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A ring network is a network topology in which each node connects to exactly two other nodes, forming a single continuous pathway for signals through each node - a ring. Data travels from node to node, with each node along the way handling every packet.
Because a ring topology provides only one pathway between any two nodes, ring networks may be disrupted by the failure of a single link. A node failure or cable break might isolate every node attached to the ring.
FDDI networks overcome this vulnerability by sending data on a clockwise and a counterclockwise ring: in the event of a break data is wrapped back onto the complementary ring before it reaches the end of the cable, maintaining a path to every node along the resulting "C-Ring".
Many ring networks add a "counter-rotating ring" to form a redundant topology. Such "dual ring" networks include Spatial Reuse Protocol, Fiber Distributed Data Interface (FDDI), and Resilient Packet Ring.
802.5 networks -- also known as IBM Token Ring networks—avoid the weakness of a ring topology altogether: they actually use a star topology at the physical layer and a Multistation Access Unit (MAU) to imitate a ring at the datalink layer.
- Very orderly network where every device has access to the token and the opportunity to transmit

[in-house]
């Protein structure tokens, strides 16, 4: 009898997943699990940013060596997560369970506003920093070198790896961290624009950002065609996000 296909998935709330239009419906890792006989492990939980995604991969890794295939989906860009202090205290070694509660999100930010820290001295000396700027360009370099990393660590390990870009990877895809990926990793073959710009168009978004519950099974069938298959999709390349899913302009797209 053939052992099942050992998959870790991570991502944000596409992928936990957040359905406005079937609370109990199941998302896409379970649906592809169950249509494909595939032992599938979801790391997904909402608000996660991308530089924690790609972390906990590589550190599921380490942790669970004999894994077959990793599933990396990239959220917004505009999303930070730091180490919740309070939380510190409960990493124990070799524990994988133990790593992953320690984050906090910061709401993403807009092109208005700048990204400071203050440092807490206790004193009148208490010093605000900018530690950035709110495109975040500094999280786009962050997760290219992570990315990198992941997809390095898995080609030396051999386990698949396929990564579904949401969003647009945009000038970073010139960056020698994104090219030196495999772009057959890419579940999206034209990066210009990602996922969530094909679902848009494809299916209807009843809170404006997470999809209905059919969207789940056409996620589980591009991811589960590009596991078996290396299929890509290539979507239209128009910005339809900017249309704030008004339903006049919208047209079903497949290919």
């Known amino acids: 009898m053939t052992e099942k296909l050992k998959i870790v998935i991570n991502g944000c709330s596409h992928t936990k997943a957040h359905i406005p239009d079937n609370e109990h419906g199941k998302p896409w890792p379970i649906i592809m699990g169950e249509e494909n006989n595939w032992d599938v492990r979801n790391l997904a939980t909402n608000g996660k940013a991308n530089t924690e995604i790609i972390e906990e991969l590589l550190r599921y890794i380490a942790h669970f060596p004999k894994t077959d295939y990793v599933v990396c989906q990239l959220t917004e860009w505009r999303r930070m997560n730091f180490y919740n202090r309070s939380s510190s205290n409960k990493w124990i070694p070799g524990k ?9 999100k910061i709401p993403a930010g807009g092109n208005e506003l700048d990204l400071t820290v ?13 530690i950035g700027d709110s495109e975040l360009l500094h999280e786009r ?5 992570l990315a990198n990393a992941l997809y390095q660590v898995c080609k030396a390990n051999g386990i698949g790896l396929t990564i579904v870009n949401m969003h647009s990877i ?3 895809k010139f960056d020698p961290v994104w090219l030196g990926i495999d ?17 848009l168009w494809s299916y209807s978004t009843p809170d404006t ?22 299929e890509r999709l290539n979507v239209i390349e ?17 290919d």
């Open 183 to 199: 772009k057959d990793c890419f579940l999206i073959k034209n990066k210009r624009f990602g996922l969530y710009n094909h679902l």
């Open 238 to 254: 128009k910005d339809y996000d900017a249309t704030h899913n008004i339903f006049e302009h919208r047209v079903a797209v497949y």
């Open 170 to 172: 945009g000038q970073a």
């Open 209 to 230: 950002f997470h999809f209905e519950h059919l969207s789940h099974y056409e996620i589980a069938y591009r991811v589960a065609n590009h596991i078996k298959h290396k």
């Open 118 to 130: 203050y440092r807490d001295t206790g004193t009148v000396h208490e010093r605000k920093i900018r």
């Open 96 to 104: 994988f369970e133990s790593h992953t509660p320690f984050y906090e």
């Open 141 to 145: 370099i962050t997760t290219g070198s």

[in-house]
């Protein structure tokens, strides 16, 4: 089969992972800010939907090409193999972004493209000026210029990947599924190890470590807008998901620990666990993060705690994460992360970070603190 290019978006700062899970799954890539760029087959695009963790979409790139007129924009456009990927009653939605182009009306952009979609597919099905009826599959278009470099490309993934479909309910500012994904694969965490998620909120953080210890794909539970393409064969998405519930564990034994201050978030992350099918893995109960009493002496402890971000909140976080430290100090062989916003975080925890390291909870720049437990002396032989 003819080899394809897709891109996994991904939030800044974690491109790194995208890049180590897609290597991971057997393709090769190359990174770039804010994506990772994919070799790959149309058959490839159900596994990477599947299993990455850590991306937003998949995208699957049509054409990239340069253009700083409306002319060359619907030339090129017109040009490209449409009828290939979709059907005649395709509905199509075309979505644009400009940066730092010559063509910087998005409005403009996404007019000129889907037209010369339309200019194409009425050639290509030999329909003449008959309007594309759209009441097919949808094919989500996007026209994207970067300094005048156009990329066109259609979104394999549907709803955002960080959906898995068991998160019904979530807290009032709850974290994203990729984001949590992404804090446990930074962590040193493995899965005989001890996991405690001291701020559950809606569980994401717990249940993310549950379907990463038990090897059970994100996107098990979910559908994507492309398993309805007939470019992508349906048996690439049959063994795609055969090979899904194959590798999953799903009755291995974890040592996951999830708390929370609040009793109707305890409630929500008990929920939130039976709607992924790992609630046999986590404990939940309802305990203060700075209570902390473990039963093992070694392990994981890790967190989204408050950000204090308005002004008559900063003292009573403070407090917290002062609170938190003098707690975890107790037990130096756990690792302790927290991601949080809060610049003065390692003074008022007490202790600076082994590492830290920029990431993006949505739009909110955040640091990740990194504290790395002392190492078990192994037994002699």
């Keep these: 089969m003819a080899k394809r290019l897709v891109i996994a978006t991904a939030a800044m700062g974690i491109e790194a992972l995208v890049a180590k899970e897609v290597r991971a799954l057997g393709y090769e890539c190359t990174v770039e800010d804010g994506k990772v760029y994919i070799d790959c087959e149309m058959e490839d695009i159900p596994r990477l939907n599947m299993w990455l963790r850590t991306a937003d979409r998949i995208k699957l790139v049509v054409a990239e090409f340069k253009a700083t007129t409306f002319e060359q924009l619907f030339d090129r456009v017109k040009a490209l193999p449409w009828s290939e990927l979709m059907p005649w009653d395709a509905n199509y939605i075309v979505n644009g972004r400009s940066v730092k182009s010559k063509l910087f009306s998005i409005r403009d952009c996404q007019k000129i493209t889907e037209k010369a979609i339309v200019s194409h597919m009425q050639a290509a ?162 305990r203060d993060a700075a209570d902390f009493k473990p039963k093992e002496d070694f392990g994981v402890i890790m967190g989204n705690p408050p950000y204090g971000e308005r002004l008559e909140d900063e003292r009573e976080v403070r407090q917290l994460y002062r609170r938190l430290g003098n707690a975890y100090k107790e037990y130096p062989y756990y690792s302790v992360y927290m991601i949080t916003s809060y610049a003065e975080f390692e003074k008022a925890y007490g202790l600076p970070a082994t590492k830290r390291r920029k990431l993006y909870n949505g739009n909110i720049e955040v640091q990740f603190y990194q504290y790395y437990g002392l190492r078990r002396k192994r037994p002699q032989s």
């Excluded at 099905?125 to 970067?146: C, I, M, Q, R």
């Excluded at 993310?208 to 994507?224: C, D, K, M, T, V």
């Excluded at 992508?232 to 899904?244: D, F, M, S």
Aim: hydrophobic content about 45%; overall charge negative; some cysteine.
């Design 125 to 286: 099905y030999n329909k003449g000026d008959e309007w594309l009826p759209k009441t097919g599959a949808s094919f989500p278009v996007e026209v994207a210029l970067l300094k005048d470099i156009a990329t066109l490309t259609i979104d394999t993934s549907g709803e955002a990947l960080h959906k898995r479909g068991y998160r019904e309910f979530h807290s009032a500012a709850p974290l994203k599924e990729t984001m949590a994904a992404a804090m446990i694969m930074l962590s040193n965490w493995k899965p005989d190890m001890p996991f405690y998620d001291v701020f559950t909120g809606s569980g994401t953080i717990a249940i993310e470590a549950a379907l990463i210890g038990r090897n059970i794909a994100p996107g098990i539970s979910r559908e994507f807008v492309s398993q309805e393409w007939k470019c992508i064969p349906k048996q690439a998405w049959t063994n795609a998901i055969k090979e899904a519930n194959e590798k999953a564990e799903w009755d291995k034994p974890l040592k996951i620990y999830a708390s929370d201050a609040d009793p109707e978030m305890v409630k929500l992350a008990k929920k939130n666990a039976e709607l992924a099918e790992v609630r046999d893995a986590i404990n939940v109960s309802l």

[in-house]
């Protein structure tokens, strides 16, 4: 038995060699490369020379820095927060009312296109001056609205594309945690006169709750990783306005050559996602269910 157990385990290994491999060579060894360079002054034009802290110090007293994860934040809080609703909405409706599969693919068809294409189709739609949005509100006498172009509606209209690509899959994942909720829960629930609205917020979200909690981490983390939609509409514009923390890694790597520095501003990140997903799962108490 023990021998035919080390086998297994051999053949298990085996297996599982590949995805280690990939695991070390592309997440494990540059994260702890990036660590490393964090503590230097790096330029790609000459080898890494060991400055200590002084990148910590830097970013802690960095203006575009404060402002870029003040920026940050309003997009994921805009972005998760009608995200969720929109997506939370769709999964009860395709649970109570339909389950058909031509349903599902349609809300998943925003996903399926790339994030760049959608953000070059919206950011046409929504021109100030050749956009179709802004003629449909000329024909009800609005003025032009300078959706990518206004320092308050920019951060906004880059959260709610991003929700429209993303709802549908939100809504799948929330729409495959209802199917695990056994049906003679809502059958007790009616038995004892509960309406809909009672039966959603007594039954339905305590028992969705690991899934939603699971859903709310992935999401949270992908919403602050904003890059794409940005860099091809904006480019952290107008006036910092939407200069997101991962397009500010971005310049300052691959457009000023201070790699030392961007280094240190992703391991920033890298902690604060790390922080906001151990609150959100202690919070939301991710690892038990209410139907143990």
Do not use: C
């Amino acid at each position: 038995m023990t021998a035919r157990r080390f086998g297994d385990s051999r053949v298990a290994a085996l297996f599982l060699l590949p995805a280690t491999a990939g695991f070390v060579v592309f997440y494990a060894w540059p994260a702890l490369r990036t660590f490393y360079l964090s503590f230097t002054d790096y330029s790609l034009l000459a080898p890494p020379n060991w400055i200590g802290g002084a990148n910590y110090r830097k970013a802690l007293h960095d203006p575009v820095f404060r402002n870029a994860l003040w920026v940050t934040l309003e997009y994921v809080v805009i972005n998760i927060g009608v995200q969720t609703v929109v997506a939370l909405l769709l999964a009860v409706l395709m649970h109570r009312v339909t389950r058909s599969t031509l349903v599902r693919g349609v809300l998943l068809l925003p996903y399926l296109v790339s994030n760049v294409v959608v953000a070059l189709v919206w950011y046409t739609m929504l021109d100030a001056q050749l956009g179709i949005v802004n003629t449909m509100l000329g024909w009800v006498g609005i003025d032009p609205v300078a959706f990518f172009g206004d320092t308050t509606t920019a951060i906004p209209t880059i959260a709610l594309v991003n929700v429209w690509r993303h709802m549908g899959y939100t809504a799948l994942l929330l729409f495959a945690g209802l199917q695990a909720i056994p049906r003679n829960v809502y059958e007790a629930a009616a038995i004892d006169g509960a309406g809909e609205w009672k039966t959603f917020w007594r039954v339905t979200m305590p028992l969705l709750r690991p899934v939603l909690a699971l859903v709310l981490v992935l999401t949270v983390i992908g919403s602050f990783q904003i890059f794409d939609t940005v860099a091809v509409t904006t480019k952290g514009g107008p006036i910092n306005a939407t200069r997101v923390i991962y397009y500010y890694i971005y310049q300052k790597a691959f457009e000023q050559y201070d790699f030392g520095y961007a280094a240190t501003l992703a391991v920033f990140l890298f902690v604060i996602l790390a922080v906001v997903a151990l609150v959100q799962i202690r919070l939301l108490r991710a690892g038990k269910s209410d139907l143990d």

- Performs better than a bus topology under heavy network load
- Does not require a central node to manage the connectivity between the computers
- Due to the point to point line configuration of devices with a device on either side (each device is connected to its immediate neighbour), it is quite easy to install and reconfigure since adding or removing a device requires moving just two connections.
- Point to point line configuration makes it easy to identify and isolate faults.
- One malfunctioning workstation can create problems for the entire network. This can be solved by using a dual ring or a switch that closes off the break.
- Moving, adding and changing the devices can affect the network
- Communication delay is directly proportional to number of nodes in the network
- Bandwidth is shared on all links between devices
- More difficult to configure than a Star: node adjunction ⇨ Ring shutdown and reconfiguration
- "Token Ring is an example of a ring topology." 802.5 (Token Ring) networks do not use a ring topology at layer 1. As explained above, IBM Token Ring (802.5) networks imitate a ring at layer 2 but use a physical star at layer 1.
- "Rings prevent collisions." The term "ring" only refers to the layout of the cables. It is true that there are no collisions on an IBM Token Ring, but this is because of the layer 2 Media Access Control method, not the physical topology (which again is a star, not a ring.) Token passing, not rings, prevent collisions.
- "Token passing happens on rings." Token passing is a way of managing access to the cable, implemented at the MAC sublayer of layer 2. Ring topology is the cable layout at layer one. It is possible to do token passing on a bus (802.4) a star (802.5) or a ring (FDDI). Token passing is not restricted to rings.
Other topologies 
- Bradley Mitchell "Network Topologies" , About.com Guide, retrieved May 24, 2010